After 58 years of searching, a residential school survivor finds her baby brother's grave
Eliza Beardy fulfilled the promise she made to her father, to find her brother Isaias's final resting place
That last time Eliza Beardy saw her baby brother Isaias Harper was in 1955, when she was taken from her home in Garden Hill First Nation to the Norway House Indian Residential School.
"I remember being put onto a plane, it looked like these water bombers, the ones that fly around here," said Beardy.
"I don't remember having seen seats in there … we were all just packed like a bunch of sardines."
The shoreline where the plane took off was once Beardy's playground. She remembers seeing other planes take off from there, and they would disappear on the horizon.
"I used to think that was the end of the Earth, I used to think, I wonder where they're going, where do they go from here?" said Beardy.
Her first memory of the Norway House Residential School was that it looked like a "solid rock." Later on she'd come to understand it as an institution.
Beardy spent her first night at the school sleeping on the floor in the basement, given one small blanket.
The next day, the children were cleaned and their hair was cut off.
"They started taking us into the shower and they cut our hair right up to our ears … all that hair was gone. They cut it off and then they took us into the shower."
Beardy said each child then received a painful scrubbing.
"They really hurt you, they scrubbed us hard. From what I understand … they tried to scrub the Indian out of us."
Years later, Beardy would find out that while she was at the school, her baby brother Isaias Harper died.
"All I remember was being told that my brother had passed away … they said he had been sick and was taken south to get the help of medication," said Beardy.
Isaias ended up at the St. Boniface hospital. The family does not have medical records, but based on the stories shared by families, they suspected he may have been sick with tuberculosis.
"The only thing I remember was hearing from other people that he had been throwing up black stuff," said Beardy.
In the 1900s, First Nations children who became ill and were suspected of having tuberculosis were often treated similarly to children taken to residential schools. They were stripped from their homes and taken to hospitals often hundreds of kilometres away.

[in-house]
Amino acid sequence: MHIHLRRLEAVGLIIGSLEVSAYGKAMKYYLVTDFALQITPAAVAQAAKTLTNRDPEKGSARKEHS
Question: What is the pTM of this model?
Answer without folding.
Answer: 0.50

"It is absolutely very, very similar to the history of residential schools. The treatment is the same, they were absolutely underfunded institutions," said Mary Jane Logan McCallum, a professor at the University of Winnipeg who has studied Indian hospitals and tuberculosis sanatoriums.
"I do get contacted by citizens of Manitoba who are looking for loved ones who were buried and don't know where … this pattern just keeps coming up and up again."
McCallum says provincial records were poorly kept and are hard to access. It took seven years for her research team to get access to the Manitoba sanatorium board records.
As for the records of the St. Boniface hospital, McCallum says it wasn't run by the sanatorium board, making the records even harder to track down. Those were transferred to the Grey Nuns in Montreal, and are not easily accessible to the public.
Family's search for brother
Beardy's family was never told where her brother was buried. She says her father's dying wish was for her to find her baby brother's grave.
In May, after 58 years of searching, Beardy found her brother's grave at Brookside Cemetery, which is just a short drive from her Winnipeg home.
Her brother was buried in a section of the cemetery meant for children. There's no tombstone, just a marker that reads 215.
"We dug there, it was quite a ways down at first, and there it was … it said 215," said Beardy, recalling the first time she and her brother Frank found the marker, which was covered in grass.
"I started crying and said, 'There you are … all these years we've been looking for you. After 58 years, we found you."
A week after finding her brother's grave, the news came out that 215 children were found in unmarked graves on the former site of the Kamloops residential school.
"I couldn't understand why after finding my brother and then all of a sudden, 215 children found right there. What is the meaning, that number 215?" Why did it have to be 215?" said Beardy, as she wiped away tears.
The number of potential burial sites in Kamloops was later revised down to 200. Even so, the initial coincidence of the number 215 is still raw for Beardy.
"It's like we found 215 children. Little ones. And they never saw their parents."
When First Nations children died in hospitals, their families were often not notified, and their bodies were seldom returned to their communities.
"First Nations people were treated as wards of the state. And in that position, the institution became kind of their parent and could make decisions about them," said McCallum.
McCallum says that as wards of the state, it would have been at the cost of the government to send a body back to their home community, which might have contributed to why so many sick First Nations children never made it back home.
"They must have assumed that all people want to know where their loved ones are buried. But it just didn't occur to them, for whatever reason, to kind of write this down … and provide us with those kinds of records that we'd like to see now."
For Beardy, what comes to mind when she looks at her brother's marker was how hard it must have been on her parents.
"Every time you go and grab that child, put them on a plane, my mom's heart and my dad's heart, a piece of it was torn off," said Beardy.
"Each year they got sicker and sicker, and they died of heart conditions. They were lonely."